Law enforcement: MOJ seeks inquiry over Police evidence procedure
14 days ago | By Asiri Fernando
- Justice Minister criticises ‘false arrests’
- 7% of samples tested were negative for narcotics
- Six Police stations flagged for filing negative samples
The Ministry of Justice has last week written to the Inspector General of Police (IGP) seeking an inquiry into a high number of narcotics cases filed by some Police stations, which have later fallen apart due to the evidence samples testing negative for any controlled substance, The Sunday Morning learns.
According to Minister of Justice Dr. Wijeyadasa Rajapakshe, the Government Analyst’s Department had received and tested 16,479 samples of suspected narcotics between 1 January and 31 December 2022.
Out of the total number of samples, 1,034 or 7% had returned negative readings, indicating the absence of any narcotic substance that the samples were tested for.
Speaking to The Sunday Morning, Minister Rajapakshe said it had been observed that several Police stations had filed an abnormally high number of evidence samples, which, once tested, turned out to be negative for narcotics.
“I have looked into this matter after I received several complaints from members of the public regarding such practices, where it is alleged that some Officers-In-Charge (OICs) have filed false cases against some members of the public with revenge and extortion in mind. A high number of negative cases have been filed from specific Police stations,” the Minister of Justice explained.
Over the last two decades, allegations of Police ‘planting’ evidence to make arrests of suspects or intimidating people with the threat of such have been reported.
Once the Police make an arrest and file the evidence, a suspect will likely be remanded pending the forensic analysis report on the substance and the purity of any narcotic present.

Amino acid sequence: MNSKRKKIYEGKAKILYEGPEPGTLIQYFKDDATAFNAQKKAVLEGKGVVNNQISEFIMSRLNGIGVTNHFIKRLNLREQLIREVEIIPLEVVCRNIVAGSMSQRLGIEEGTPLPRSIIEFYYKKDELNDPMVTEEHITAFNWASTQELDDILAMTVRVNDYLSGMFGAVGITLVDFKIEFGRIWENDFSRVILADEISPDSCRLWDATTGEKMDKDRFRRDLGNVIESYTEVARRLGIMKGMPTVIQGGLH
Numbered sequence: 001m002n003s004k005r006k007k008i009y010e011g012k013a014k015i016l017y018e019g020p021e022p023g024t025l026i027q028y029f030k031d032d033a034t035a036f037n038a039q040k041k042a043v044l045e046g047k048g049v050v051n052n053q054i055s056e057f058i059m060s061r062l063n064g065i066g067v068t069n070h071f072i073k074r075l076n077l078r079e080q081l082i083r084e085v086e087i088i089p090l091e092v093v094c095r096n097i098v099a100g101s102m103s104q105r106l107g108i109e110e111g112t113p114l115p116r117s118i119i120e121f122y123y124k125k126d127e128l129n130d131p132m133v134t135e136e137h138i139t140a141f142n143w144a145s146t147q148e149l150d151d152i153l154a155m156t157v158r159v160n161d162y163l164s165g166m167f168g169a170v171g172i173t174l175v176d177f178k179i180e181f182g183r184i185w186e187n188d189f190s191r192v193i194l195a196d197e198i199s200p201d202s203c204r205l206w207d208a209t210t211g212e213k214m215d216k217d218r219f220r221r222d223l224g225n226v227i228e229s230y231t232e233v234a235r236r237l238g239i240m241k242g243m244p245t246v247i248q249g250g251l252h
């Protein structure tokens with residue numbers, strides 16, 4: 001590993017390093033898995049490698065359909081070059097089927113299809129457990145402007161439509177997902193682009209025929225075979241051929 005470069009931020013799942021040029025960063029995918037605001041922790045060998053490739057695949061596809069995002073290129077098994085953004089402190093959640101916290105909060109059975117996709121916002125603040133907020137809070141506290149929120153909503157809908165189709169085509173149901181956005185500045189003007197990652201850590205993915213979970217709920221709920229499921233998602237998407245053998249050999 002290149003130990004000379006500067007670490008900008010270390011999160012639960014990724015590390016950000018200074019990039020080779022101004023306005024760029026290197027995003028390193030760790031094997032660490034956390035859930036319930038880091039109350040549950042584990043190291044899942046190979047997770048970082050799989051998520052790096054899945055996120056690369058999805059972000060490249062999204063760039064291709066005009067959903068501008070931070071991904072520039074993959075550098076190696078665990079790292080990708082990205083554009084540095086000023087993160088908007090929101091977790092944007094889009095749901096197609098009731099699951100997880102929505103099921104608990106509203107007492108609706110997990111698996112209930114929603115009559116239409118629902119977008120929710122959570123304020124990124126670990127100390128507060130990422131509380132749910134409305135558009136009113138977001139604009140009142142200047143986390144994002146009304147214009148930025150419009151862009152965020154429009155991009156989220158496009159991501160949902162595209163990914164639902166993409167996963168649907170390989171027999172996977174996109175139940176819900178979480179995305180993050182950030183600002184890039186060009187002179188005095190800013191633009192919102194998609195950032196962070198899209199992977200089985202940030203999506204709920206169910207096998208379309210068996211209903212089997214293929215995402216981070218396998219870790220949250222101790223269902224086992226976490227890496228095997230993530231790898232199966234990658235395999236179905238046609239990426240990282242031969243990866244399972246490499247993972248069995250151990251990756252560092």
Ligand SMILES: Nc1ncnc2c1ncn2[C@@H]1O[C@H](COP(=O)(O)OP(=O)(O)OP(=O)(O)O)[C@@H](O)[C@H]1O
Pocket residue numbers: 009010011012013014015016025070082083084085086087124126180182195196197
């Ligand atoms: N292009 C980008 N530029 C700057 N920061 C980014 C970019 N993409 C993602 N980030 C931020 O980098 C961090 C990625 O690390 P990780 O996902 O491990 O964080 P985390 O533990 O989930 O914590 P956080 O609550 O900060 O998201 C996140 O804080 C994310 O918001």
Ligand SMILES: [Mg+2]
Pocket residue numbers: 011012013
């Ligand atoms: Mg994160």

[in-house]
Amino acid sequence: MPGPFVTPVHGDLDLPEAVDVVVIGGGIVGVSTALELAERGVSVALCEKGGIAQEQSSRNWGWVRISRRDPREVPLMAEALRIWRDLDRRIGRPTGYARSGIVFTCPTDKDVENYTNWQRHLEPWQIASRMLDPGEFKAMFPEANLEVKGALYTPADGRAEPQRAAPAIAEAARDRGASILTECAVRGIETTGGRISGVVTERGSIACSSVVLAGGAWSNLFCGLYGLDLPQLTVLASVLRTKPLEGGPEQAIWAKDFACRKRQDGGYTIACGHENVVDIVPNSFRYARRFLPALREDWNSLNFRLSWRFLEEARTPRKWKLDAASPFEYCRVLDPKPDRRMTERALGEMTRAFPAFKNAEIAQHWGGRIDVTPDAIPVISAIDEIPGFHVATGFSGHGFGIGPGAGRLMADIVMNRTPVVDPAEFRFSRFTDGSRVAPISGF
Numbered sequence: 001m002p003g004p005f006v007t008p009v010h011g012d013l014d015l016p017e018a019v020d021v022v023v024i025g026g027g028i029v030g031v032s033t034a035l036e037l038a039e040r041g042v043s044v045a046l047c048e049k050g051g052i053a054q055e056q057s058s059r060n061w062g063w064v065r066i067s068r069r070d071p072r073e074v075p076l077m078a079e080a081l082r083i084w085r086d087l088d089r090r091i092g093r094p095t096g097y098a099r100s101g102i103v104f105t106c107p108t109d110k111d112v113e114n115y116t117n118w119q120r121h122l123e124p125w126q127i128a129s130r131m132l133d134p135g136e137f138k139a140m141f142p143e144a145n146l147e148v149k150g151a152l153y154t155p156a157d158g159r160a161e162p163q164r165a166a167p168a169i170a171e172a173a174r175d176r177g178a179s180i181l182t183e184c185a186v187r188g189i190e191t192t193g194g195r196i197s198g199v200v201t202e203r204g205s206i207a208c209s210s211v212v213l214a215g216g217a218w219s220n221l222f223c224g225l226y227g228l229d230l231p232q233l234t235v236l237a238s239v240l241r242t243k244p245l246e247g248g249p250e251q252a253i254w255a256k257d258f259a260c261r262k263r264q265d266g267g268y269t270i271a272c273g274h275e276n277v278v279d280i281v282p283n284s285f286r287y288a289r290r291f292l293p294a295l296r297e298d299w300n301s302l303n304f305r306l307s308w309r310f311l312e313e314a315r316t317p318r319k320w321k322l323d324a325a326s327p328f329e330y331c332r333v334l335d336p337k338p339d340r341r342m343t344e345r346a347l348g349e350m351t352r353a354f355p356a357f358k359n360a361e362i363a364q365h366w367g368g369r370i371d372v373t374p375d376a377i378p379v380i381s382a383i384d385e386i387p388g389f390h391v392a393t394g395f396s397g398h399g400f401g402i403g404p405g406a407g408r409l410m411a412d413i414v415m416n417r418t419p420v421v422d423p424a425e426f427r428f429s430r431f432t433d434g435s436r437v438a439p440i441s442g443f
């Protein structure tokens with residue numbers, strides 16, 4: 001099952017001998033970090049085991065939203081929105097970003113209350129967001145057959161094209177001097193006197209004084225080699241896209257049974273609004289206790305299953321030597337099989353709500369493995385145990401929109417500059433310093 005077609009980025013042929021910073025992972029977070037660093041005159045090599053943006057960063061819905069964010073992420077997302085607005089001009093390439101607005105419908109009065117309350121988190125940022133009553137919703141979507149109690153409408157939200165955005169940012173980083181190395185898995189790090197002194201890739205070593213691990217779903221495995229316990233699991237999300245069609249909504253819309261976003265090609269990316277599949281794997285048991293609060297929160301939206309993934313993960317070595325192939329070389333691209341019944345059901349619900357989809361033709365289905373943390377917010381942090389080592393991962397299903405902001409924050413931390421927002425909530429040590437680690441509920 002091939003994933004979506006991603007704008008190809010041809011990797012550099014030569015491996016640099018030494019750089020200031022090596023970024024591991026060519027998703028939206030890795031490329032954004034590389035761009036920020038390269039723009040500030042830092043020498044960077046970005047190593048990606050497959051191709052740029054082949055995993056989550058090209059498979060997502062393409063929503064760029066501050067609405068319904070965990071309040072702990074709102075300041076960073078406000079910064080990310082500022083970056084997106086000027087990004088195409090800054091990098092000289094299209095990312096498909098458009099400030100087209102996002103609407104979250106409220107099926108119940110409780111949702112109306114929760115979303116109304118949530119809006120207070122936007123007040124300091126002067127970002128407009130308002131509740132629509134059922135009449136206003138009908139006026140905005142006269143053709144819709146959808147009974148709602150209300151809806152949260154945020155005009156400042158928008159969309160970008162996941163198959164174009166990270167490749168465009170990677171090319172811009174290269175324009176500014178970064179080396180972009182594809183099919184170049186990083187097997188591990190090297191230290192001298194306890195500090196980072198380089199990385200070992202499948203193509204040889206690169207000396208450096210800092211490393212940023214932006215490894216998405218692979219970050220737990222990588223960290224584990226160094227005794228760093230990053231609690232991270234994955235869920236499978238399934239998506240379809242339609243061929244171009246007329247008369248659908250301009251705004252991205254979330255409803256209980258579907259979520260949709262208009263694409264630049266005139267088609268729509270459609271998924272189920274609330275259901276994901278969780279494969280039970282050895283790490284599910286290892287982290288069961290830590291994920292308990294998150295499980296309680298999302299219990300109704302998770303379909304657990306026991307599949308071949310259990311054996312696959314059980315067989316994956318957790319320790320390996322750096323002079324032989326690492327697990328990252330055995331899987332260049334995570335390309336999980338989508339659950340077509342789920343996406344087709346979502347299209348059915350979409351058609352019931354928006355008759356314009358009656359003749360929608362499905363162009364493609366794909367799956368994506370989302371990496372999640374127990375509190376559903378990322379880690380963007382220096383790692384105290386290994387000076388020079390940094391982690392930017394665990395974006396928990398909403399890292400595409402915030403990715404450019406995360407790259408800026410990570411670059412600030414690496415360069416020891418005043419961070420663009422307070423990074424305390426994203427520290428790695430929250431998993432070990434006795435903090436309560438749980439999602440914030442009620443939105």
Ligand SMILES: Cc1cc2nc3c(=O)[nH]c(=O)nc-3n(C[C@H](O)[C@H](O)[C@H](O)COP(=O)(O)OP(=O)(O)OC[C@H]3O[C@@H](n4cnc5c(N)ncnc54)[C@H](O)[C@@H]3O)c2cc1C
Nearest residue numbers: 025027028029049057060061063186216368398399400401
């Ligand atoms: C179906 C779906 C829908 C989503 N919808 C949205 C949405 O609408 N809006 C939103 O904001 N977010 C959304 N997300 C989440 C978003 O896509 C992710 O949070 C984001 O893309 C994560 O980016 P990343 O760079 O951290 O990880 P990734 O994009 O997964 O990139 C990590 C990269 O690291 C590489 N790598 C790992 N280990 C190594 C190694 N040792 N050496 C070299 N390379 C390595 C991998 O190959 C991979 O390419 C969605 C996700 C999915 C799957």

As such analysis takes several months to complete due to an ongoing backlog of narcotics related cases, it often results in suspects being remanded for months.
According to Minister Rajapakshe, the Borella Police Station has filed the highest number of such samples, with 37 such negative narcotics evidence samples sent to the Government Analyst.
The Peliyagoda Police Station has been found to have filed 35 such negative cases, Wattala 28, Kirulapone 25, and Gampaha 23.
“It was following complaints from residents of these areas that I looked into this matter and found that a number of bogus cases have been filed. It if was one or two, it can be deemed an error or a false sale to drug users, but such numbers suggest there is something else at work. These are the numbers from the false reports from 2022,” Rajapakshe said.
Attempts to contact Police Spokesperson SSP Nihal Thalduwa on the irregularities found and what action the Police would take proved futile.
Forensic test costs
Annual narcotics testing in Sri Lanka costs more than Rs. 180 million, with each test for a suspected narcotics sample costing around Rs. 10,000-12,000, according to the Ministry of Justice.